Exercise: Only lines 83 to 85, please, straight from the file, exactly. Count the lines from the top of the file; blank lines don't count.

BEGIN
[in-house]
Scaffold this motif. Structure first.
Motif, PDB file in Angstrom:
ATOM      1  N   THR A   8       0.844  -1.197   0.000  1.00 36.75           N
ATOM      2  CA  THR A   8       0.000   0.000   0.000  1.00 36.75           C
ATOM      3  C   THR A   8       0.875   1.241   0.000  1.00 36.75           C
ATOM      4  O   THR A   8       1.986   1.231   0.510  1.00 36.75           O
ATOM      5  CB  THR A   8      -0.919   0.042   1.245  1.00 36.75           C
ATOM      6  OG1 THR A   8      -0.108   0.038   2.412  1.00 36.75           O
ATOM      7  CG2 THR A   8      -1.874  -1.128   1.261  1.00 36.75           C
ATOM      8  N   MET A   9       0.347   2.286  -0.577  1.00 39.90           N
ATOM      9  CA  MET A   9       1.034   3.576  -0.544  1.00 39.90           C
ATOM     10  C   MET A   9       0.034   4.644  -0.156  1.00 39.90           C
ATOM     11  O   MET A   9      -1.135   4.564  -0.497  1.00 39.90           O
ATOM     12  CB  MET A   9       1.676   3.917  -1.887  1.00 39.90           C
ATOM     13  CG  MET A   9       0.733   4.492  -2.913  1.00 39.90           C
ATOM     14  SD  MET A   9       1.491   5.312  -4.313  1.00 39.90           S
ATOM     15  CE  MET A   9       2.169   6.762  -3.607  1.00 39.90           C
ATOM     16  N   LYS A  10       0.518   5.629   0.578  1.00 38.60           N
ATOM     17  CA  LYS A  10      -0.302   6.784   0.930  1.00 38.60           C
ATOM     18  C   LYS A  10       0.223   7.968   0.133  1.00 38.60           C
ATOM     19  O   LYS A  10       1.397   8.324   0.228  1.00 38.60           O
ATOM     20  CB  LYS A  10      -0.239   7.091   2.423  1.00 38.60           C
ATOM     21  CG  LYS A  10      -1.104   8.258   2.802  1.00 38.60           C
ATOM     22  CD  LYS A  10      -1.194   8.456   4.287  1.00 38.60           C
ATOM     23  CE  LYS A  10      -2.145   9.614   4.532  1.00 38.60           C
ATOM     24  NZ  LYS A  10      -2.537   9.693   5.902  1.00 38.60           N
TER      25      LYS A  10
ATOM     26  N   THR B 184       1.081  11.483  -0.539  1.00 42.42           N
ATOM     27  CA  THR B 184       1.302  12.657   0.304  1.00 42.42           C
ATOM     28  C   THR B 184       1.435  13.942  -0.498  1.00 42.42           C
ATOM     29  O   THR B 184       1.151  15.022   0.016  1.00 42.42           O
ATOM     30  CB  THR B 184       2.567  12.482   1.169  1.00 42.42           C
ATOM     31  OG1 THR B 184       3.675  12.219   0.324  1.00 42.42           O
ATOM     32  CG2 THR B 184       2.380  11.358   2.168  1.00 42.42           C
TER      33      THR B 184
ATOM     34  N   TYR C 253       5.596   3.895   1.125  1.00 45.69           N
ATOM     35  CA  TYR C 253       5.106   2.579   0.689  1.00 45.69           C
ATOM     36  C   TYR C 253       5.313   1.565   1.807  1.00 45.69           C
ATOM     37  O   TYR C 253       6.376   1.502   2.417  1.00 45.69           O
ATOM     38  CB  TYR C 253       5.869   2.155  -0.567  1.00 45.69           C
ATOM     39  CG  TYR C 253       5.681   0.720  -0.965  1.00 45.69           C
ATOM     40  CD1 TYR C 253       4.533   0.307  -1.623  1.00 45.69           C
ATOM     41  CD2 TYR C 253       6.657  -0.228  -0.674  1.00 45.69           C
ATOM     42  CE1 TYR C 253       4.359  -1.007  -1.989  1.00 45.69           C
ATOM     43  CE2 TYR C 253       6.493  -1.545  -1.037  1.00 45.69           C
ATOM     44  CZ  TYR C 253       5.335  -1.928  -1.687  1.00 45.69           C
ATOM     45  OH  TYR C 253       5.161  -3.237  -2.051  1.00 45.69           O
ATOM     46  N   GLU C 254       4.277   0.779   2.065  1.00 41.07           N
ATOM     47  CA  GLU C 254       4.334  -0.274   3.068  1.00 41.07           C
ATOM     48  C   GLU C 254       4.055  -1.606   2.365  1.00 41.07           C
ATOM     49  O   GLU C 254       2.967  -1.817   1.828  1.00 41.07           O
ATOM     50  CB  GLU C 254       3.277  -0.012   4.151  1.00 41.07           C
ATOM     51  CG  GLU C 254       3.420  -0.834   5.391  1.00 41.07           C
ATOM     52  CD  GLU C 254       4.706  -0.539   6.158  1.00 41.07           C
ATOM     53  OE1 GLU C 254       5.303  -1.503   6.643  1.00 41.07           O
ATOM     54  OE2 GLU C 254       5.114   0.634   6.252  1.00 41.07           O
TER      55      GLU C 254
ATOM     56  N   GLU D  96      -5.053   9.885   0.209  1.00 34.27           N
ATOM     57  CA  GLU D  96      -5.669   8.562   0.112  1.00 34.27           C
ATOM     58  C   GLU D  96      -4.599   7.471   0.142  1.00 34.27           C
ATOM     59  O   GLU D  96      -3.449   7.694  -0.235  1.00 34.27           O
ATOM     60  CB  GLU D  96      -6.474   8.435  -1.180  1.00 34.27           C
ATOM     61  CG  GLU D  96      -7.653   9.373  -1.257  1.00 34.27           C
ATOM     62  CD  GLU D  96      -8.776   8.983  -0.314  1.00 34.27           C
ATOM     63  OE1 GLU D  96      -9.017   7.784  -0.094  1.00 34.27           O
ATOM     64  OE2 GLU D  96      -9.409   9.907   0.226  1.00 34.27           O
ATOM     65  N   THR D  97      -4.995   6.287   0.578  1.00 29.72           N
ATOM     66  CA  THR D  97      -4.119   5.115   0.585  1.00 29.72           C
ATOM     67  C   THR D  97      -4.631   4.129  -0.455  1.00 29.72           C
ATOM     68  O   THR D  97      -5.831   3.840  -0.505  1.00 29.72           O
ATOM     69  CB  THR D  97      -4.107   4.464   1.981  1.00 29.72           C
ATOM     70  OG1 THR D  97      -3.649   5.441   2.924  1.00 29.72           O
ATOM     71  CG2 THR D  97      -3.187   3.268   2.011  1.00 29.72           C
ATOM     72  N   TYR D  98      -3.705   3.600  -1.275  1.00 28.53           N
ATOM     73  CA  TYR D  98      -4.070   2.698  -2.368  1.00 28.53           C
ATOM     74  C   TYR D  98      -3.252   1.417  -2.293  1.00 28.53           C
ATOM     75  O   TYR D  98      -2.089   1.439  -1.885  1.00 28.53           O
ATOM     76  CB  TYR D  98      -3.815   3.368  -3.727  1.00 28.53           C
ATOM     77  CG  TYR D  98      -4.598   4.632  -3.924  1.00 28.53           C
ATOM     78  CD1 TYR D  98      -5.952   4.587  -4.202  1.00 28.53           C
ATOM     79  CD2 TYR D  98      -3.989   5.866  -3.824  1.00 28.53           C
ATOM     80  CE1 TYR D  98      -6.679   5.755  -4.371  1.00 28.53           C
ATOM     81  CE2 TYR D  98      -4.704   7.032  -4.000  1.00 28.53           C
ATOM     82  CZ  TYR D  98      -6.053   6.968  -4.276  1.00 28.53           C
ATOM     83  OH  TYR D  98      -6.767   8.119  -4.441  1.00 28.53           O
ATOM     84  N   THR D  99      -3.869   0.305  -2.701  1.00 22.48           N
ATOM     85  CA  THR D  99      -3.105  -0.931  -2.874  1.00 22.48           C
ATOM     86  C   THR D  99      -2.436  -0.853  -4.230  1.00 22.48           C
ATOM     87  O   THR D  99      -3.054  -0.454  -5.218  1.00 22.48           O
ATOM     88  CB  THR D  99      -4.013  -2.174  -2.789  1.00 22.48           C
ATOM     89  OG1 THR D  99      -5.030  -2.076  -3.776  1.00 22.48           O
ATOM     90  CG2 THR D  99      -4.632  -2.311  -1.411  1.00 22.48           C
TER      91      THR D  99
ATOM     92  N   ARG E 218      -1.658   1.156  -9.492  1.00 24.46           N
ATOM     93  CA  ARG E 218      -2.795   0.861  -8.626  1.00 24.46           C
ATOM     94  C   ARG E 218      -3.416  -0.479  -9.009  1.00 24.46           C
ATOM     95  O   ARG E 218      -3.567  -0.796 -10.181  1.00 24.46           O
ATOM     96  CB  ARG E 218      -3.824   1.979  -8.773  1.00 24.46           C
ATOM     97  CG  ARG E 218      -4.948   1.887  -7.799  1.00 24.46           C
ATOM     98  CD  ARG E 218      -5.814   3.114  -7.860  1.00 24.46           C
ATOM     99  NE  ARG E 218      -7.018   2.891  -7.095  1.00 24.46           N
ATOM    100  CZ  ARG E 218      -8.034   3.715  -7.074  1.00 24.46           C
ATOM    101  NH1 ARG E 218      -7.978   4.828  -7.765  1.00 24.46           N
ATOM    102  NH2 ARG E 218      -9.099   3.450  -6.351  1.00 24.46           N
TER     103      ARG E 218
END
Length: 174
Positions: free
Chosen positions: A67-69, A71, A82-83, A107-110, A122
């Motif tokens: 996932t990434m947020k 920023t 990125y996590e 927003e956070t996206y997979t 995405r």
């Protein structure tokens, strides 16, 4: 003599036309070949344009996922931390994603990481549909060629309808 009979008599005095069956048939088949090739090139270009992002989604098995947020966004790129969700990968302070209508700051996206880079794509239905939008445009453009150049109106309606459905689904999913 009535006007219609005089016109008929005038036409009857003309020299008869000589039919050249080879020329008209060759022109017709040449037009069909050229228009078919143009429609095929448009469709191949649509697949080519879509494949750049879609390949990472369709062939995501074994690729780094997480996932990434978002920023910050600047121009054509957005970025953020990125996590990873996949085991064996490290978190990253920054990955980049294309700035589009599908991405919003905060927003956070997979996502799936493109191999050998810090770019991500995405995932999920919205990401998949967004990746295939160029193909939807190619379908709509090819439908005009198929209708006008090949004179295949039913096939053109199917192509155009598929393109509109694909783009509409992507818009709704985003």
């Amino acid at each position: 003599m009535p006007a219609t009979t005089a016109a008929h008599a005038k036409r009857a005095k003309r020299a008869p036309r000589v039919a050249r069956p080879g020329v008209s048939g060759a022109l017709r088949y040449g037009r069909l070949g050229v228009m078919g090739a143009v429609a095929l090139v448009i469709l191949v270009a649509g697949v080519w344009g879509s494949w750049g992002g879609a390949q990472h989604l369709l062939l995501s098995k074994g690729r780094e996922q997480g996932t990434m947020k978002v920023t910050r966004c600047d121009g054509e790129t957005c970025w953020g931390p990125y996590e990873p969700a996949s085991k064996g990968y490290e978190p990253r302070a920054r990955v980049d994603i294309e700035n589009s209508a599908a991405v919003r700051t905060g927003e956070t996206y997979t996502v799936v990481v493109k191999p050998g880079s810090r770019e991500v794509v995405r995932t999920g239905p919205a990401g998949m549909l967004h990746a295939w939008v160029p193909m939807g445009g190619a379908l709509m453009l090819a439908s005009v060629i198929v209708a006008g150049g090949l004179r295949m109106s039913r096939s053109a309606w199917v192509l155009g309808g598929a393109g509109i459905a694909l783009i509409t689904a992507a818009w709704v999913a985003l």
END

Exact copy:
ATOM     80  CE1 TYR D  98      -6.679   5.755  -4.371  1.00 28.53           C
ATOM     81  CE2 TYR D  98      -4.704   7.032  -4.000  1.00 28.53           C
ATOM     82  CZ  TYR D  98      -6.053   6.968  -4.276  1.00 28.53           C